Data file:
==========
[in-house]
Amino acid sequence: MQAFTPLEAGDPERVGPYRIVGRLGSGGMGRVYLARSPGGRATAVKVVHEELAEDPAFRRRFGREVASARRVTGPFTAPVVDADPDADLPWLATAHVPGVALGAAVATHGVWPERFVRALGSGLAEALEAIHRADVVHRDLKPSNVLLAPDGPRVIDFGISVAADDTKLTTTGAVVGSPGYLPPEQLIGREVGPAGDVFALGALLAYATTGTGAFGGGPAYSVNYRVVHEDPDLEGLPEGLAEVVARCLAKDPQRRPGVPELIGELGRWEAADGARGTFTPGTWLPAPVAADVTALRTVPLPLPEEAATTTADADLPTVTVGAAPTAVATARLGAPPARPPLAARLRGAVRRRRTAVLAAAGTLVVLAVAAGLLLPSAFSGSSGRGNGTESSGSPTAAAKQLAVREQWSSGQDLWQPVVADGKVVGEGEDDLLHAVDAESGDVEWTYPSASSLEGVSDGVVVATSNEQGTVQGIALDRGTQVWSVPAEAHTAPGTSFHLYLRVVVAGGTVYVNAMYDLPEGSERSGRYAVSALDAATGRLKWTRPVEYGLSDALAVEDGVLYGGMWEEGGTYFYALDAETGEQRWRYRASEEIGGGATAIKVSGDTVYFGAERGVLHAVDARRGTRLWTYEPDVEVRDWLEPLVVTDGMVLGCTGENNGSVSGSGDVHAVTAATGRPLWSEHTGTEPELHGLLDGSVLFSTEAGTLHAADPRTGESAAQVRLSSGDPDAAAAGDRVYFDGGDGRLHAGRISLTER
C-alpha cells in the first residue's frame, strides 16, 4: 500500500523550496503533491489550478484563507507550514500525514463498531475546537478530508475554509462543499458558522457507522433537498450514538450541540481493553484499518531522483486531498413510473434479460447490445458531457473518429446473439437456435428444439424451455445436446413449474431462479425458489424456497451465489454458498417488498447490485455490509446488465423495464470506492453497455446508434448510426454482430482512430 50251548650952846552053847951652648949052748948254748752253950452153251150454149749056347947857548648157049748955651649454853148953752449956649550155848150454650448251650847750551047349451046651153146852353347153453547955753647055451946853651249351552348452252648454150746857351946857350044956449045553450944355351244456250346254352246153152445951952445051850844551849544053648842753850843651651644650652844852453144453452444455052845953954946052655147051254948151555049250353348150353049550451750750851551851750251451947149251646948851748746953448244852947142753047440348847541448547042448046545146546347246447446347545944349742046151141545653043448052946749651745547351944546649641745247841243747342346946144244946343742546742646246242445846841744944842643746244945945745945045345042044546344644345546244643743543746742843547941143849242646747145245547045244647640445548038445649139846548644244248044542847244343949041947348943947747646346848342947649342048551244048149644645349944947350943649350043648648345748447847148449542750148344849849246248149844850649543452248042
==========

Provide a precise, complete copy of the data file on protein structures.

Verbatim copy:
[in-house]
Amino acid sequence: MQAFTPLEAGDPERVGPYRIVGRLGSGGMGRVYLARSPGGRATAVKVVHEELAEDPAFRRRFGREVASARRVTGPFTAPVVDADPDADLPWLATAHVPGVALGAAVATHGVWPERFVRALGSGLAEALEAIHRADVVHRDLKPSNVLLAPDGPRVIDFGISVAADDTKLTTTGAVVGSPGYLPPEQLIGREVGPAGDVFALGALLAYATTGTGAFGGGPAYSVNYRVVHEDPDLEGLPEGLAEVVARCLAKDPQRRPGVPELIGELGRWEAADGARGTFTPGTWLPAPVAADVTALRTVPLPLPEEAATTTADADLPTVTVGAAPTAVATARLGAPPARPPLAARLRGAVRRRRTAVLAAAGTLVVLAVAAGLLLPSAFSGSSGRGNGTESSGSPTAAAKQLAVREQWSSGQDLWQPVVADGKVVGEGEDDLLHAVDAESGDVEWTYPSASSLEGVSDGVVVATSNEQGTVQGIALDRGTQVWSVPAEAHTAPGTSFHLYLRVVVAGGTVYVNAMYDLPEGSERSGRYAVSALDAATGRLKWTRPVEYGLSDALAVEDGVLYGGMWEEGGTYFYALDAETGEQRWRYRASEEIGGGATAIKVSGDTVYFGAERGVLHAVDARRGTRLWTYEPDVEVRDWLEPLVVTDGMVLGCTGENNGSVSGSGDVHAVTAATGRPLWSEHTGTEPELHGLLDGSVLFSTEAGTLHAADPRTGESAAQVRLSSGDPDAAAAGDRVYFDGGDGRLHAGRISLTER
C-alpha cells in the first residue's frame, strides 16, 4: 500500500523550496503533491489550478484563507507550514500525514463498531475546537478530508475554509462543499458558522457507522433537498450514538450541540481493553484499518531522483486531498413510473434479460447490445458531457473518429446473439437456435428444439424451455445436446413449474431462479425458489424456497451465489454458498417488498447490485455490509446488465423495464470506492453497455446508434448510426454482430482512430 50251548650952846552053847951652648949052748948254748752253950452153251150454149749056347947857548648157049748955651649454853148953752449956649550155848150454650448251650847750551047349451046651153146852353347153453547955753647055451946853651249351552348452252648454150746857351946857350044956449045553450944355351244456250346254352246153152445951952445051850844551849544053648842753850843651651644650652844852453144453452444455052845953954946052655147051254948151555049250353348150353049550451750750851551851750251451947149251646948851748746953448244852947142753047440348847541448547042448046545146546347246447446347545944349742046151141545653043448052946749651745547351944546649641745247841243747342346946144244946343742546742646246242445846841744944842643746244945945745945045345042044546344644345546244643743543746742843547941143849242646747145245547045244647640445548038445649139846548644244248044542847244343949041947348943947747646346848342947649342048551244048149644645349944947350943649350043648648345748447847148449542750148344849849246248149844850649543452248042